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Yellow salsify (Tragopogon dubius) is a yellow flowering plant that’s commonly found in most of the continental US except for the far Southeast.
Yellow salsify is a species of salsify native to southern and central Europe and western Asia and found as far north and west as northern France. Yellow salsify was introduced to North America as a garden plant in the early 1900s. Spread was likely from east to west, as this was the pattern exhibited by other salsify plants of the time.
Yellow salsify also goes by many other names including western salsify, western goat’s-beard, wild oyster plant, yellow goat’s beard, goat’s beard, goatsbeard, common salsify, and sometimes just salsify. The name oyster plant or vegetable oyster comes from the fact that it will open and close its bloom daily and people tout tasting an oyster taste when eating yellow salsify. The yellow salsify opens in early morning and closes up by late afternoon.
Yellow Salsify Edibility and Culinary Use
Yellow salsify, a skinnier relative of the parsnip, is a delicious, creamy and versatile winter vegetable. Yellow salsify is more nutritious compared to most starchy alternatives like potatoes, however, it’s just as versatile.
It belongs to the dandelion family in which people will generally make dishes from all parts of the plant, including the roots, stems, flower buds and seeds.
Yellow salsify has a thick, tuberous taproot that looks similar to orangish-yellow parsnips or carrots when peeled. The leaves are green with purple veins running through them, the stems are light green with purple stripes up them. The flowers are bright yellow and are only in bloom during the day, closing before late afternoon.
When harvested, the plant is in blossom with a yellow flower that resembles a dandelion. These flowers can be easily plucked or cut, boiled for 2-5 minutes, then served as a side dish or a healthy addition to your next omelete.
The root must be peeled before cooking because the skin is very tough. After peeling, it can be boiled, mashed, sautéed, steamed or roasted.
One cup of boiled, mashed yellow salsify contains:
Fat: 0.3 g
Carbohydrates: 20.1 g
Fiber: 3.8 g
Sugar: 2.5 g
Protein: 2.3 g
Vitamin A: 5% of the Daily Value (DV)
Thiamin: 6% of the DV
Niacin: 8% of the DV
Vitamin C: 12% of the DV
Calcium: 4% of the DV
Iron: 6% of the DV
Potassium: 10% of the DV
Yellow Salsify Health Benefits
Yellow salsify is jam packed with nutrients including critical portions of iron, potassium, calcium, manganese, phosphorous, magnesium, and copper, as well as vitamins including ascorbic acid, pantothenic acid, thiamine, riboflavin, folate, and vitamin B6. Yellow salsify also has significant amounts of dietary fiber and protein
The yellow salsify root contains a starch called inulin which some people have trouble digesting, this also makes yellow salsify popularly used on low-carb diets because of this. It’s considered safe to eat for people with celiac disease or other forms of gluten intolerance, but there are no guarantees.
Inulin also acts as a prebiotic that boosts the abundance of health-promoting bacteria in your gut and increases their activity. Prebiotics like Inulin can help diversify the biodiversity of your gut (which is a sign of gut health) and provide fuel for good bacteria to do their jobs, like making important fatty acids and vitamins.
Your gut is the biggest portion of your immune system, consuming prebiotics like inulin will help support your body’s ability to stave off infection or disease.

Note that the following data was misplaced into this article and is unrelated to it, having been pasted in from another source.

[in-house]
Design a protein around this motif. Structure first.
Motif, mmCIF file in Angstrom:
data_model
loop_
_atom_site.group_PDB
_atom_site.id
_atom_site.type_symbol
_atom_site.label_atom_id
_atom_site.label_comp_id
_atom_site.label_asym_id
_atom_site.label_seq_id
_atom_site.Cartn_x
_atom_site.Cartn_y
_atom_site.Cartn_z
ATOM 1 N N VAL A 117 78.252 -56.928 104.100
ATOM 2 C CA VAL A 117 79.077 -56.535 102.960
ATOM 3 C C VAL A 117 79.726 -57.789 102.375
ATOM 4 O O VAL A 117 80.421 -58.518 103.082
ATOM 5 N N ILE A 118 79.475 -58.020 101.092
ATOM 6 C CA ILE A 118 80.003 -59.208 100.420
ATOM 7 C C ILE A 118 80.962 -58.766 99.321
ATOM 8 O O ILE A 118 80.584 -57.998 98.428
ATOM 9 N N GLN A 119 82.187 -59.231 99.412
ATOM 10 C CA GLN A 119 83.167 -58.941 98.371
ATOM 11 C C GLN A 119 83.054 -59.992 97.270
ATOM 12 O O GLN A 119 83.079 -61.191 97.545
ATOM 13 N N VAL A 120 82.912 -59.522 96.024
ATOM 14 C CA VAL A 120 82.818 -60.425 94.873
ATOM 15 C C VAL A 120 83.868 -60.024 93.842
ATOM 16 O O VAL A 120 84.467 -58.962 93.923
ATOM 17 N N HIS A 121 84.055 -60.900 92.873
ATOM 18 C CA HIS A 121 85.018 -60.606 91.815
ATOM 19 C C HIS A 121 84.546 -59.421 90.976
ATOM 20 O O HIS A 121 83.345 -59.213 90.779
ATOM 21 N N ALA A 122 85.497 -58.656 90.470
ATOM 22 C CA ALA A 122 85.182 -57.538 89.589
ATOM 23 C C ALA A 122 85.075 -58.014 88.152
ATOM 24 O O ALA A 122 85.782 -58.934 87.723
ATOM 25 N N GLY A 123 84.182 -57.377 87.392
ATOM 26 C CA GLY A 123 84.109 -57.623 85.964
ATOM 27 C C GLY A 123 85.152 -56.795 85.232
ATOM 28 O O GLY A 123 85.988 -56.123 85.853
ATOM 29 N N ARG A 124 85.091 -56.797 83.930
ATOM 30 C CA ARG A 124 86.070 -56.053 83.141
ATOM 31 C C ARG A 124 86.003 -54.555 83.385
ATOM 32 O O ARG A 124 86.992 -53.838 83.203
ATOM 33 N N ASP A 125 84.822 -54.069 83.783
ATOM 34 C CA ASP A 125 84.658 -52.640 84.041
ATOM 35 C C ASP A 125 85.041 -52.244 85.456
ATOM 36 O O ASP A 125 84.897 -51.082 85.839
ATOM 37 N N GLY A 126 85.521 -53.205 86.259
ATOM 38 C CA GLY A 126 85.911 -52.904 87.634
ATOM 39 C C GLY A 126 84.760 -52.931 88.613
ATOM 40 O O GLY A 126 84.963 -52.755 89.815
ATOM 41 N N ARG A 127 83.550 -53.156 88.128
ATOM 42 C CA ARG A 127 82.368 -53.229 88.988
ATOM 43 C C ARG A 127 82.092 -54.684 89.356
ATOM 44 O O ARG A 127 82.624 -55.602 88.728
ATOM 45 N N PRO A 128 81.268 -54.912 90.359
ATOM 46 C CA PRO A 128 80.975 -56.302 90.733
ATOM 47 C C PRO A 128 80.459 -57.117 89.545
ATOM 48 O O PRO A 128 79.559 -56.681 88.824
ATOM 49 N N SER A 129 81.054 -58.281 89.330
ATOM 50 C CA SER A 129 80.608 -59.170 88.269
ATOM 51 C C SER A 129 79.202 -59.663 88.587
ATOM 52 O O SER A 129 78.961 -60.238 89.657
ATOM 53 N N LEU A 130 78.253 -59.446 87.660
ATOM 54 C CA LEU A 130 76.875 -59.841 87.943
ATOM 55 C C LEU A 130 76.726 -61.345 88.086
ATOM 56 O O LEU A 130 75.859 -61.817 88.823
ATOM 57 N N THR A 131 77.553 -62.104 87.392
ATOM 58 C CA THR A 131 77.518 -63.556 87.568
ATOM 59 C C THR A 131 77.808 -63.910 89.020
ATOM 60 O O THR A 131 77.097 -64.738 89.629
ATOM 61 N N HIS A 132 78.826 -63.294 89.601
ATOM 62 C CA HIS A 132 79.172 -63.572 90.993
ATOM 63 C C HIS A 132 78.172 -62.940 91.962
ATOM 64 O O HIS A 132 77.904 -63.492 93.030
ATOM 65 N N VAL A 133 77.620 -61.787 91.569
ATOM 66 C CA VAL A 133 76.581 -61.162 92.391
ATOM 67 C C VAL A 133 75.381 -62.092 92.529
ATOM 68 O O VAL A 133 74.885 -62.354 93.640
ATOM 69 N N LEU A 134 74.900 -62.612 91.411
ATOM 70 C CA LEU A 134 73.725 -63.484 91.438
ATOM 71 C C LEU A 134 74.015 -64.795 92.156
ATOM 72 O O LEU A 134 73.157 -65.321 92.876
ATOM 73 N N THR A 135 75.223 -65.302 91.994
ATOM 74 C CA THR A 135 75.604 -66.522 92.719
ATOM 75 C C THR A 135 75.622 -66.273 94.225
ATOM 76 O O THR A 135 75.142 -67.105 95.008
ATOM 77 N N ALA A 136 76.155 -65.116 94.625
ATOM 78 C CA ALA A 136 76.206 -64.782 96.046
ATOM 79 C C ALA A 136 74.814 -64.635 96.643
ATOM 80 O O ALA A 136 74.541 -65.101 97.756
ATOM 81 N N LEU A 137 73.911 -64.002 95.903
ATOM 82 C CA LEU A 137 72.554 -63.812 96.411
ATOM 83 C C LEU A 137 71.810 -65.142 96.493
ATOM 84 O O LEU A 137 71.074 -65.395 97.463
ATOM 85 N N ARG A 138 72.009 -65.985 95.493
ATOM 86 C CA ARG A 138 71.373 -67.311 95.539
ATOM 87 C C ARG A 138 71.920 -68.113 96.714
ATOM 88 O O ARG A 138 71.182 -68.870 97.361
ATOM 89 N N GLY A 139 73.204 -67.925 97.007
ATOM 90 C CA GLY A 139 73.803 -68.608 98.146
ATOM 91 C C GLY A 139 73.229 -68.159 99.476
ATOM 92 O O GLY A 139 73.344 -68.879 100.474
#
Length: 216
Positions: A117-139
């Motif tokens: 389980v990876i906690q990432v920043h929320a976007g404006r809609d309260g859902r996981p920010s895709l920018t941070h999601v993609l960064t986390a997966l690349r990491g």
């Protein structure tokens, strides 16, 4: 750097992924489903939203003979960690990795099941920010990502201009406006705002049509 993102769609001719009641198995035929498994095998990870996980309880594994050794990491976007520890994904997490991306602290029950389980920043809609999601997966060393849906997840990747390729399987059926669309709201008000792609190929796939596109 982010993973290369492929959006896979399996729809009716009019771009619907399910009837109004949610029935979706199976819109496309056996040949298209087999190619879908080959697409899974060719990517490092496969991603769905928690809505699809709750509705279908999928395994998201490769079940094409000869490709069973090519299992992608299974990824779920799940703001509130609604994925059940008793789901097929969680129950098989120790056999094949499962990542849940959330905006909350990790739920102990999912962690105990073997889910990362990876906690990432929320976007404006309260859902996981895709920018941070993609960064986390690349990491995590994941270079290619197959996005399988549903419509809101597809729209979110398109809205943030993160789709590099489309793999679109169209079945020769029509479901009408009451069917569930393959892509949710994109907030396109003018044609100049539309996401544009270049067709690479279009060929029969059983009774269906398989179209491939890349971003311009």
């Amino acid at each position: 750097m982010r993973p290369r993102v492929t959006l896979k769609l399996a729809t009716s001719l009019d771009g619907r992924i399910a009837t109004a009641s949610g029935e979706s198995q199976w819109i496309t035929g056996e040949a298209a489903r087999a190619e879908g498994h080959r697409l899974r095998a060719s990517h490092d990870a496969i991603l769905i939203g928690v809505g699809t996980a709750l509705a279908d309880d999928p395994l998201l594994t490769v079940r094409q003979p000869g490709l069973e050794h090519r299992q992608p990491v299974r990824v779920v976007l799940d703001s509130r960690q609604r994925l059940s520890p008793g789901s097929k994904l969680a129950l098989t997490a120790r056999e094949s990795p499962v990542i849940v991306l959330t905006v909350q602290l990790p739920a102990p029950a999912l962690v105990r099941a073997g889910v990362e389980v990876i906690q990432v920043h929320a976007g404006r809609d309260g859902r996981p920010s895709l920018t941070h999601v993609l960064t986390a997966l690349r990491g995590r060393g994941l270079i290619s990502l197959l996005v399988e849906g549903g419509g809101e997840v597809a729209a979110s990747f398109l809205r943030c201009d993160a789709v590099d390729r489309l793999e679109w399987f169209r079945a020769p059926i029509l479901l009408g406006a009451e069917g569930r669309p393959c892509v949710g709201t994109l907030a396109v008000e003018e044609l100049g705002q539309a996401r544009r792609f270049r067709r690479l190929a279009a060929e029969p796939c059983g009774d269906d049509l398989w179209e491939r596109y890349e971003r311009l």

Improves Bone Health
Yellow salsify levels of magnesium, phosphorus, calcium, copper, iron, and manganese are key to improving bone strength. It can prevent the development of common, age-related conditions like osteoporosis and even arthritis, which can occur when bones begin to degrade and connective tissue no longer maintains the integrity of your joints.
The inulin present in yellow salsify allows your gut to digest more of those bone-building minerals. This allows the minerals to be more bioavailable in your food and leads to maximizing your mineral intake.
Yellow Salsify Cautions
When purchasing yellow salsify, make sure you are getting the vegetable and not its inulin-rich relative, the dandelion. The dandelion is an invasive weed that can take over your garden and is not as tasty. The dandelion looks very similar to yellow salsify with similar colored blooms and seed pods.
Yellow salsify secretes a milky-white substance when the stems or leaves are broken. While not poisonous, the goo is immensely difficult to remove once it dries on your clothing or skin.
When digging up yellow salsify roots, take caution not to break off the roots in the soil during harvest. Use a digging tool, a stick or your fingers to loosen up the soil around the roots before trying to pull them out.
So why should you know about yellow salsify? It’s an overlooked, healthy vegetable that tastes great and has many health benefits. This oyster plant is sure to add interesting flavor to your next meal, especially if you are looking for vegetarian options .
Many mistake yellow salsify for a dandelion, the big difference is in the flavor and nutrient profile. Adding yellow salsify to your next foraged meal is a great way to add a tasty starch while providing more nutrients than other starches like potatoes and bread.
Written by Jared DeValk
Jared DeValk is an author, writer, and entrepreneur who in his free time can be caught hiking, planting berry bushes, or doing home repairs and improvements. Jared's varied life experience and passion for research empassions him to write knowledgeably about many topics such as , Health & Wellness, Real Estate, Finance, Business, Cryptocurrency, Home Improvement, Agriculture, Camping/Hiking, and many more. Jared can be reached directly for speaking, marketing, and writing inquiries at JaredDeValk.com.
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